Home Dinosaur Episode 486: How Dinosaurs Got So Big

Episode 486: How Dinosaurs Got So Big

Episode 486: How Dinosaurs Got So Big


Episode 486: How Dinosaurs Got So Big. Sauropods were the longest, tallest, and heaviest animals to every walk the Earth. What adaptations did they have to get so large? And which dinosaurs were the largest in other groups?


  • Sauropods grew to be the largest land animals of all time with many special adaptations that helped them reach “super giant” sizes source
  • Bruhathkayosaurus may have been the heaviest land animal of all time with weight estimates from 80–190 tonnes source
  • Sauroposeidon may be the tallest sauropod (and land animal) of all time—with Giraffatitan proportions bringing it to about 17m (56ft) tall source
  • Sauropod babies were already built to grow large source
  • It’s not just sauropods that had special adaptations to grow so large—Theropods had them too source
  • Early sauropod ancestors evolved very rapid growth before they evolved gigantic sizes source
  • A new study found 36 unique times that sauropods evolved gigantism source
  • A hadrosaur long thought to be an island dwarf turned out to just be young and was still growing source


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The dinosaur of the day: Uberabatitan

  • Titanosaur sauropod that lived in the Late Cretaceous in what is now Minas Gerais, Brazil (Serra da Galga Formation)
  • Looks like other titanosaurs, giant and robust, with a long neck, long tail, small head, walked fairly upright on all fours
  • Titanosaurs had tails that were flexible and strong
  • Had robust bones
  • One of the best known titanosaurs (at least one bone for each part of the skeleton found)
  • More than 60 bones were found
  • Fossils found include neck, back, and tail bones, pelvic bones, and limb bones
  • No skull found
  • Fossils originally thought to belong to at least three individuals, but a later study found they belonged to at least five individuals and at least one was a juvenile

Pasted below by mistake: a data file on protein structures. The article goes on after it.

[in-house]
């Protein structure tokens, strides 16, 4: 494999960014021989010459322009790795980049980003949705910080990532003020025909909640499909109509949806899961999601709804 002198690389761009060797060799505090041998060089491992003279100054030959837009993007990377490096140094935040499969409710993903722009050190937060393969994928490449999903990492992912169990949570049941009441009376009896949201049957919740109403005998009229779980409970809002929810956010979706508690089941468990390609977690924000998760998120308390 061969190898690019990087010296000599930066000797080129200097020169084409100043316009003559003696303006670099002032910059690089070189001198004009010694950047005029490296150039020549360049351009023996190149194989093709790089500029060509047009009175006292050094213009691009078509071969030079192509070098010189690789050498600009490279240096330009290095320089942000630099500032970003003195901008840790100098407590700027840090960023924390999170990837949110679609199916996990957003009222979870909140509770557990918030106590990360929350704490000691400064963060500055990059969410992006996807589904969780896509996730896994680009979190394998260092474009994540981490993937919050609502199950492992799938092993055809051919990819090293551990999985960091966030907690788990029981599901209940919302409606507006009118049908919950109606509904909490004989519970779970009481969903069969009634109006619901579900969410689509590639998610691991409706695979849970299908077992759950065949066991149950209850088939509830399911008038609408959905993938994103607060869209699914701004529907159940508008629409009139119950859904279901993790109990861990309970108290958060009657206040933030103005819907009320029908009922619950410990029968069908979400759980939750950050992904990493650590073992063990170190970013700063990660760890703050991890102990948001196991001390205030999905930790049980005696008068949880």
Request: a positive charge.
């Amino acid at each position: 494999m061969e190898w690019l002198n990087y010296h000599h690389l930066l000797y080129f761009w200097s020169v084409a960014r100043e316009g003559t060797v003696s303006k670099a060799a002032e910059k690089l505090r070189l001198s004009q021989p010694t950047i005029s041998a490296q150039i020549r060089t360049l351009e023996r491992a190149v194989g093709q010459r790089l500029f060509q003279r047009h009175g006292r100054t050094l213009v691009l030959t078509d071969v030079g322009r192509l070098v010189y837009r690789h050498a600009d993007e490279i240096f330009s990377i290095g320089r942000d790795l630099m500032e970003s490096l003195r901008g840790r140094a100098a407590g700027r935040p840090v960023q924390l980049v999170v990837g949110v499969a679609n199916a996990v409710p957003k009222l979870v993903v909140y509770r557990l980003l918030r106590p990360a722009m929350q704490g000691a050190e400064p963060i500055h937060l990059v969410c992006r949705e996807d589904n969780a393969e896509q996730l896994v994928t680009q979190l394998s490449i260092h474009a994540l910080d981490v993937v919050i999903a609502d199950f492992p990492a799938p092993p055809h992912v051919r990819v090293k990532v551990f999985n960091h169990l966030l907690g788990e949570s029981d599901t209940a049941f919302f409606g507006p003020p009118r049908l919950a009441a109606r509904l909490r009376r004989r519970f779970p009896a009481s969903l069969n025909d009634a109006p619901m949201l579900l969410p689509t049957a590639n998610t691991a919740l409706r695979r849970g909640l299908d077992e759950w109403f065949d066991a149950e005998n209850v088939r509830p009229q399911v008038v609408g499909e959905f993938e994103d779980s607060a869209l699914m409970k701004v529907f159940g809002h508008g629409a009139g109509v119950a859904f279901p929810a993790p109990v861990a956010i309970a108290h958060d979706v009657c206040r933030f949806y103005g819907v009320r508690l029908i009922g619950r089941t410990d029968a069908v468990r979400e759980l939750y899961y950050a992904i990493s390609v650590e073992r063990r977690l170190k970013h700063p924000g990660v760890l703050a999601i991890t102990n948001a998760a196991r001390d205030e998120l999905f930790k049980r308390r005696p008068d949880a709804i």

• One of the individuals is considered to be a giant
  • Estimated to grow up to 85 ft (26 m) long
  • Other individuals estimated to be between 33 and 49 ft (10 and 15 m) long
  • Like other sauropods, grew quickly and without interruption early on, and then as it matured grew in cycles, with periodic slowdowns
  • Type species is Uberabatitan ribeiroi
  • Genus name means “Uberaba titan”
  • Genus name refers to Uberaba, the city near where the fossils were found
  • Species name is in honor of Luiz Carlos Borges Ribeiro, “director of the Centro de Pesquisas Paleontológicas Lewellyn Price, for his consistent support of palaeontological research in Minas Gerais State”
  • Named in 2008 by Leonardo Salgado and Ismar de Souza Carvalho
  • Fossils were found at a road cut along a highway
  • All fossils found in one quarry
  • Fossils collected over four years
  • Had unique features on the tibia and fibula, like a protuberance (something that stuck out) on the tibia that formed a joint with the fibula
  • Holotype includes leg bones and ankle bone (used to include more fossils, but unclear if those belong to the same individual)
  • Another specimen, known as “DGM Series A” may be Uberabatitan or may be a close relative
  • Two teeth may belong to Uberabatitan, and one of them is the largest titanosaur tooth found so far, with a crown measuring 2.4 in (6.2 cm) high. Not known for certain if those tooth are from Uberabatitan
  • Those teeth are chisel-like and slender
  • A study in 2015 found bone pathologies in Uberabatitan
  • Includes two fused mid-tail vertebrae and a healing fracture, also in the middle of the tail
  • Had bony overgrowth in the form of lumps
  • Could be from arthritis, an inflammatory disease, or an internal infection
  • Lived in an area with plains, rivers, and small temporary ponds
  • Other dinosaurs that lived around the same time and place include titanosaurs such as Baurutitan, Caieiria, and Trigonosaurus, dromaeosaurs such as Ypupiara
  • Other animals that lived around the same time and place include crocodylomorphs and mollusks

Fun Fact:

Two groups of dinosaurs that shrank by at least two orders of magnitude over time are the group that led to birds and alvarezsaurs.

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